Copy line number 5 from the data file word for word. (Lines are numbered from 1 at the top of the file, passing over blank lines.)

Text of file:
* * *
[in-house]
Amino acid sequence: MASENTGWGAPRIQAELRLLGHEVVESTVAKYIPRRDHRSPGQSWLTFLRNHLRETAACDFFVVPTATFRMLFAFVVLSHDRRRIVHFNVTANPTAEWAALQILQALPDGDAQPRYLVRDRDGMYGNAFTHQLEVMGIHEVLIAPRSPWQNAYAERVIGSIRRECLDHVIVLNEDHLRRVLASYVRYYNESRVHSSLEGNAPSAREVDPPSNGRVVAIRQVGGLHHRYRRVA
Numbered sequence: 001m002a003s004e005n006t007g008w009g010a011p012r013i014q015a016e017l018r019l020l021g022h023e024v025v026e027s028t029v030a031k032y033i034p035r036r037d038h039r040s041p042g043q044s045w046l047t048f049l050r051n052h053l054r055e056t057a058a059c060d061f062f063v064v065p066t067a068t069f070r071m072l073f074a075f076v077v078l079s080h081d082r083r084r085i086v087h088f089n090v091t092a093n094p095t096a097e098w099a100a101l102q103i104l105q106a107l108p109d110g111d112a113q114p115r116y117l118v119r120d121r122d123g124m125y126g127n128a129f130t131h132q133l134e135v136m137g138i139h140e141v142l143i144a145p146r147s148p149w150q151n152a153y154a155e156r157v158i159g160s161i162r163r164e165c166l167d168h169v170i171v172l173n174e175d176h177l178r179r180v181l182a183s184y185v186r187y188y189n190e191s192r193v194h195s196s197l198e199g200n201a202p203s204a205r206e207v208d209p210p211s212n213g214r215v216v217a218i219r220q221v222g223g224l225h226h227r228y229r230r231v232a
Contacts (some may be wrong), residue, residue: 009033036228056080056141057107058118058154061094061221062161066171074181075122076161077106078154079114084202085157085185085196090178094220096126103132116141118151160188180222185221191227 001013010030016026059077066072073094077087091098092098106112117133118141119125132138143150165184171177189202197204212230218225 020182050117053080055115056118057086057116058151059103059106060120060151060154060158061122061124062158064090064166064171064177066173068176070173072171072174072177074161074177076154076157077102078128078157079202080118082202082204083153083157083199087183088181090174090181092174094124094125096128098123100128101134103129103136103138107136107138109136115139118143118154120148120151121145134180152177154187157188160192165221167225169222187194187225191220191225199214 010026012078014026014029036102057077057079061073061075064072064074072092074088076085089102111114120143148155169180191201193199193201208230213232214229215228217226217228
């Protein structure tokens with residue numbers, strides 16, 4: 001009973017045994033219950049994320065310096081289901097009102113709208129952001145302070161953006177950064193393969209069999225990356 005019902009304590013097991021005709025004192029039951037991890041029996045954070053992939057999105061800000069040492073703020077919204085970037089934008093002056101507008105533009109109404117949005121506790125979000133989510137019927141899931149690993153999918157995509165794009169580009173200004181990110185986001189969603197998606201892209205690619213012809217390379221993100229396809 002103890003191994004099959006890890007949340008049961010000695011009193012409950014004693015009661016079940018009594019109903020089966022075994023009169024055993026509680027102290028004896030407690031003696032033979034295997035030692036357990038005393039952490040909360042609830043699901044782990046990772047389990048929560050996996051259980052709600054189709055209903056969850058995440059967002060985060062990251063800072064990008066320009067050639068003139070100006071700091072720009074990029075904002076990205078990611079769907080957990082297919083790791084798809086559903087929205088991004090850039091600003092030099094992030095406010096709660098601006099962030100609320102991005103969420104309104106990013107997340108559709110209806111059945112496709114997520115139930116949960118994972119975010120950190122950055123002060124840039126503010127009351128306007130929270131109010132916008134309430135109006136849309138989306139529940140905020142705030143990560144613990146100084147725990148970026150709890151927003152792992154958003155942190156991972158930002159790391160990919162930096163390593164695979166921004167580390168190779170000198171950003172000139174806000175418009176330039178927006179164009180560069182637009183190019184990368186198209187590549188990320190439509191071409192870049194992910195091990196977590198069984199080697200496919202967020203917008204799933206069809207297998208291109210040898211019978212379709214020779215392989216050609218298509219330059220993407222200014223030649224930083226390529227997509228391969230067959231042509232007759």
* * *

């Protein structure tokens with residue numbers, strides 16, 4: 001009973017045994033219950049994320065310096081289901097009102113709208129952001145302070161953006177950064193393969209069999225990356 005019902009304590013097991021005709025004192029039951037991890041029996045954070053992939057999105061800000069040492073703020077919204085970037089934008093002056101507008105533009109109404117949005121506790125979000133989510137019927141899931149690993153999918157995509165794009169580009173200004181990110185986001189969603197998606201892209205690619213012809217390379221993100229396809 002103890003191994004099959006890890007949340008049961010000695011009193012409950014004693015009661016079940018009594019109903020089966022075994023009169024055993026509680027102290028004896030407690031003696032033979034295997035030692036357990038005393039952490040909360042609830043699901044782990046990772047389990048929560050996996051259980052709600054189709055209903056969850058995440059967002060985060062990251063800072064990008066320009067050639068003139070100006071700091072720009074990029075904002076990205078990611079769907080957990082297919083790791084798809086559903087929205088991004090850039091600003092030099094992030095406010096709660098601006099962030100609320102991005103969420104309104106990013107997340108559709110209806111059945112496709114997520115139930116949960118994972119975010120950190122950055123002060124840039126503010127009351128306007130929270131109010132916008134309430135109006136849309138989306139529940140905020142705030143990560144613990146100084147725990148970026150709890151927003152792992154958003155942190156991972158930002159790391160990919162930096163390593164695979166921004167580390168190779170000198171950003172000139174806000175418009176330039178927006179164009180560069182637009183190019184990368186198209187590549188990320190439509191071409192870049194992910195091990196977590198069984199080697200496919202967020203917008204799933206069809207297998208291109210040898211019978212379709214020779215392989216050609218298509219330059220993407222200014223030649224930083226390529227997509228391969230067959231042509232007759």